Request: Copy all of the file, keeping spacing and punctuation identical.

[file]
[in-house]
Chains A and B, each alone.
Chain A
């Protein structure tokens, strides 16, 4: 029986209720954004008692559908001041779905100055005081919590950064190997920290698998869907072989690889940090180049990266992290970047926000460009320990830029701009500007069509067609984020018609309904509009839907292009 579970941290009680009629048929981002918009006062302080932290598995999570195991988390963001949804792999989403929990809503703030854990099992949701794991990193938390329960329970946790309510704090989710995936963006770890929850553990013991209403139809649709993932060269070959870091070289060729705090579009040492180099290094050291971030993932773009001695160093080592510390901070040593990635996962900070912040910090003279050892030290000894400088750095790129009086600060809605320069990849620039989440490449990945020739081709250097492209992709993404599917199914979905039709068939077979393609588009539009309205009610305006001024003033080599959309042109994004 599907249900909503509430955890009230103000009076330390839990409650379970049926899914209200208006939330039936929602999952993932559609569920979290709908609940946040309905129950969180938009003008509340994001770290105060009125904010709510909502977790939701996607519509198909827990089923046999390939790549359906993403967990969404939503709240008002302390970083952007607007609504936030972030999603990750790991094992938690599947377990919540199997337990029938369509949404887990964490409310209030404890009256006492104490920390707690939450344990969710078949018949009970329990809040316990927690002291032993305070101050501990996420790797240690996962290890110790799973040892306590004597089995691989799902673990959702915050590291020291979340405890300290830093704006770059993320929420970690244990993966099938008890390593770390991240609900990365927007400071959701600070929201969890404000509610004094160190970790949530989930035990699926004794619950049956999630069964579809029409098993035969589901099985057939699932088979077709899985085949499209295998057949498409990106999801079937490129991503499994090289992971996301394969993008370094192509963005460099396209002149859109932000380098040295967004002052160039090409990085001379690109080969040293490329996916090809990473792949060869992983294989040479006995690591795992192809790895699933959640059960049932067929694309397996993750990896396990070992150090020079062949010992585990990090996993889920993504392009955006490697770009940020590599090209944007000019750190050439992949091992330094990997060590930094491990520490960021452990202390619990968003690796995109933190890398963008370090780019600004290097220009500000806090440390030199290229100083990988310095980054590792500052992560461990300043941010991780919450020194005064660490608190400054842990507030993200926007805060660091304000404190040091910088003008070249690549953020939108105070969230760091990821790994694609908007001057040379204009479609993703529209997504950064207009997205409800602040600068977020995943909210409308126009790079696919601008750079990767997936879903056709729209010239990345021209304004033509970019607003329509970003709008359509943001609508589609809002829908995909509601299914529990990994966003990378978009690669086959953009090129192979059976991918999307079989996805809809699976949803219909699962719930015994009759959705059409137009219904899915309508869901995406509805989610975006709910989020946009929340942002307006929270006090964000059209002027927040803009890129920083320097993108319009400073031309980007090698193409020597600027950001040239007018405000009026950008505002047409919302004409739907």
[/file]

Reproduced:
[in-house]
Chains A and B, each alone.
Chain A
């Protein structure tokens, strides 16, 4: 029986209720954004008692559908001041779905100055005081919590950064190997920290698998869907072989690889940090180049990266992290970047926000460009320990830029701009500007069509067609984020018609309904509009839907292009 579970941290009680009629048929981002918009006062302080932290598995999570195991988390963001949804792999989403929990809503703030854990099992949701794991990193938390329960329970946790309510704090989710995936963006770890929850553990013991209403139809649709993932060269070959870091070289060729705090579009040492180099290094050291971030993932773009001695160093080592510390901070040593990635996962900070912040910090003279050892030290000894400088750095790129009086600060809605320069990849620039989440490449990945020739081709250097492209992709993404599917199914979905039709068939077979393609588009539009309205009610305006001024003033080599959309042109994004 599907249900909503509430955890009230103000009076330390839990409650379970049926899914209200208006939330039936929602999952993932559609569920979290709908609940946040309905129950969180938009003008509340994001770290105060009125904010709510909502977790939701996607519509198909827990089923046999390939790549359906993403967990969404939503709240008002302390970083952007607007609504936030972030999603990750790991094992938690599947377990919540199997337990029938369509949404887990964490409310209030404890009256006492104490920390707690939450344990969710078949018949009970329990809040316990927690002291032993305070101050501990996420790797240690996962290890110790799973040892306590004597089995691989799902673990959702915050590291020291979340405890300290830093704006770059993320929420970690244990993966099938008890390593770390991240609900990365927007400071959701600070929201969890404000509610004094160190970790949530989930035990699926004794619950049956999630069964579809029409098993035969589901099985057939699932088979077709899985085949499209295998057949498409990106999801079937490129991503499994090289992971996301394969993008370094192509963005460099396209002149859109932000380098040295967004002052160039090409990085001379690109080969040293490329996916090809990473792949060869992983294989040479006995690591795992192809790895699933959640059960049932067929694309397996993750990896396990070992150090020079062949010992585990990090996993889920993504392009955006490697770009940020590599090209944007000019750190050439992949091992330094990997060590930094491990520490960021452990202390619990968003690796995109933190890398963008370090780019600004290097220009500000806090440390030199290229100083990988310095980054590792500052992560461990300043941010991780919450020194005064660490608190400054842990507030993200926007805060660091304000404190040091910088003008070249690549953020939108105070969230760091990821790994694609908007001057040379204009479609993703529209997504950064207009997205409800602040600068977020995943909210409308126009790079696919601008750079990767997936879903056709729209010239990345021209304004033509970019607003329509970003709008359509943001609508589609809002829908995909509601299914529990990994966003990378978009690669086959953009090129192979059976991918999307079989996805809809699976949803219909699962719930015994009759959705059409137009219904899915309508869901995406509805989610975006709910989020946009929340942002307006929270006090964000059209002027927040803009890129920083320097993108319009400073031309980007090698193409020597600027950001040239007018405000009026950008505002047409919302004409739907």